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Can child citizenship be given to a child born out of wedlock?

With the new immigration policy of the U.S. seemingly having proposed changes on a daily basis and people frightened and concerned about themselves and loved ones, a litany of issues are coming to the forefront in Miami and across the U.S. This is particularly troublesome when there are children involved. Child citizenship can be somewhat confusing, especially if the parents are unmarried when the child is born. A question that is often asked is whether a child who has a U.S. citizen father can be granted admission to the United States. He or she can according to the law.

The Immigration and Nationality Act (INA) allows for a child whose father is a U.S. citizen and is the result of an unmarried relationship to come to the U.S. legally if the blood relationship between the father and the child is established through clear and convincing evidence. It must also be shown that the father was a U.S. national at the time of the birth. The father must have been physically in the U.S. or its outlying territories before the child's birth for five years - two of which must have been before the child turned 14. The father must have agreed in writing to financially support the child until age 18 unless the father is deceased.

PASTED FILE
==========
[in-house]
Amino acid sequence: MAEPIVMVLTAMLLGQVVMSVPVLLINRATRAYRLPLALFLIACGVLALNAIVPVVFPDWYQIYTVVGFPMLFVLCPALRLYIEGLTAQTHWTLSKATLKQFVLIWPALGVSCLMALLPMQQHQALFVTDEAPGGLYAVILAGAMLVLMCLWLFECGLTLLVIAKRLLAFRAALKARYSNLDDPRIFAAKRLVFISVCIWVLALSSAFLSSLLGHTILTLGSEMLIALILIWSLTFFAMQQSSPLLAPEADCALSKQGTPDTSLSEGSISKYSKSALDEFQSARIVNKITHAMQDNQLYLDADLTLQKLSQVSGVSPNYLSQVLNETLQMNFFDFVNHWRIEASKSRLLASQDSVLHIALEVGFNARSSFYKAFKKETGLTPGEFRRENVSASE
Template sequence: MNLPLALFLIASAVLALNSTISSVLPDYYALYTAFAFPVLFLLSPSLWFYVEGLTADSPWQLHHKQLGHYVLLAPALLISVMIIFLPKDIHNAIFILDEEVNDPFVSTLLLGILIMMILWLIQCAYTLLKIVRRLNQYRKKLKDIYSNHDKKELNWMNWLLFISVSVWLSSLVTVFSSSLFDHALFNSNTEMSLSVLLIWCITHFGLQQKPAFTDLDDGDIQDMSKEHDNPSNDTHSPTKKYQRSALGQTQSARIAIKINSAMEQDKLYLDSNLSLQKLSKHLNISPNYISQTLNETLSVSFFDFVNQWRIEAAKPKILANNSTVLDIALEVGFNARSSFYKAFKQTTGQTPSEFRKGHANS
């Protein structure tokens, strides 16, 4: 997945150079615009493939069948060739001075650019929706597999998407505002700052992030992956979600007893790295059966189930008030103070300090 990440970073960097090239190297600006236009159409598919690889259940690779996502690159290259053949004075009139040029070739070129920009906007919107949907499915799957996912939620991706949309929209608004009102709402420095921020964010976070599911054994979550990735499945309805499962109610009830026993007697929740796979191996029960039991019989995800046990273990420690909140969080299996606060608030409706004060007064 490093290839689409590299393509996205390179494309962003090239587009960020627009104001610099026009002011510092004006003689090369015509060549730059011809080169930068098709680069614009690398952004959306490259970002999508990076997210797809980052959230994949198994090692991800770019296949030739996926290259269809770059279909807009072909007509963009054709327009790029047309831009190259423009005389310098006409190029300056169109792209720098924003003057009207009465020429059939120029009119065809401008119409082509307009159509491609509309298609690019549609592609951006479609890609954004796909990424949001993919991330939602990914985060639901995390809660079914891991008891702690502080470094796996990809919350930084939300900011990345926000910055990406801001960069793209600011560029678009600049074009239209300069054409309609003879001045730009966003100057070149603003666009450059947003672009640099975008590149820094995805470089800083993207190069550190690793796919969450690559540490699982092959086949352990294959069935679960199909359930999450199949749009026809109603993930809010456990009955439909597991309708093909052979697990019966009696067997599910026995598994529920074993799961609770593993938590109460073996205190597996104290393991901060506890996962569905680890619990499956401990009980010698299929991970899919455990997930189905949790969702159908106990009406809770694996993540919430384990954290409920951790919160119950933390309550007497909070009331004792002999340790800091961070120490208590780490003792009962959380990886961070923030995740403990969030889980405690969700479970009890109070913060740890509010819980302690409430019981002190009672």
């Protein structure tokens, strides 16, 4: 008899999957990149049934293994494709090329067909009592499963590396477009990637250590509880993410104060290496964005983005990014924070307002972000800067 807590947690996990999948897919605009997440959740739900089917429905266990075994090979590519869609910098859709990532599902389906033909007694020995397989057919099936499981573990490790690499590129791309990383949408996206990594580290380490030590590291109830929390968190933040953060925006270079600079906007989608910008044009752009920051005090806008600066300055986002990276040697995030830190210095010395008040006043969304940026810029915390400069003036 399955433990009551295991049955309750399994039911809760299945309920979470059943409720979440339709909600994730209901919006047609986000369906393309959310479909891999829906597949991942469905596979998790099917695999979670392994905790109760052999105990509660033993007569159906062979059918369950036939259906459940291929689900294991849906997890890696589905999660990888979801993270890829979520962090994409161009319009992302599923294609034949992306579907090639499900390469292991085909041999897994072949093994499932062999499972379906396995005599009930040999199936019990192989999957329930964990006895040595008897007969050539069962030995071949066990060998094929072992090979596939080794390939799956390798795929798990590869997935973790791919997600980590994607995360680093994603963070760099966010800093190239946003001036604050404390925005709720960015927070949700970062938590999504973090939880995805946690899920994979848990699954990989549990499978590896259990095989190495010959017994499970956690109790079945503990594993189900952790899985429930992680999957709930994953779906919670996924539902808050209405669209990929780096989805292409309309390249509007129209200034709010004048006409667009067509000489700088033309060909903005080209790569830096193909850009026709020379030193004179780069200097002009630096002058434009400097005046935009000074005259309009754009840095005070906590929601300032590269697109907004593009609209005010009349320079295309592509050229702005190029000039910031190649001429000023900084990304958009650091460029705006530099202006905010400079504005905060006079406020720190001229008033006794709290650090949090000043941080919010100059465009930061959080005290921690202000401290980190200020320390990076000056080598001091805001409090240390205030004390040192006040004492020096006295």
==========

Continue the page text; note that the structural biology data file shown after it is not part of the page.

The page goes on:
While the child is under the age of 18, the following must be in effect: the child was legitimized based on the law or domicile; the father must have acknowledged paternity under oath and in writing; and the paternity must have been established by a competent court.

For people who have had a child out of wedlock and the father is a U.S. citizen while the mother is not, there are certain criteria that must be met for the child to be allowed to live legally in the U.S. Understanding this aspect of child citizenship is essential in such a circumstance. If there is any confusion about it, a lawyer experienced in immigration can help.

Source: travel.state.gov, "Acquisition of U.S. Citizenship by a Child Born Abroad -- Birth Abroad Out-of-Wedlock to a U.S. Citizen Father -- 'New' Section 309(a)," accessed on April 11, 2017

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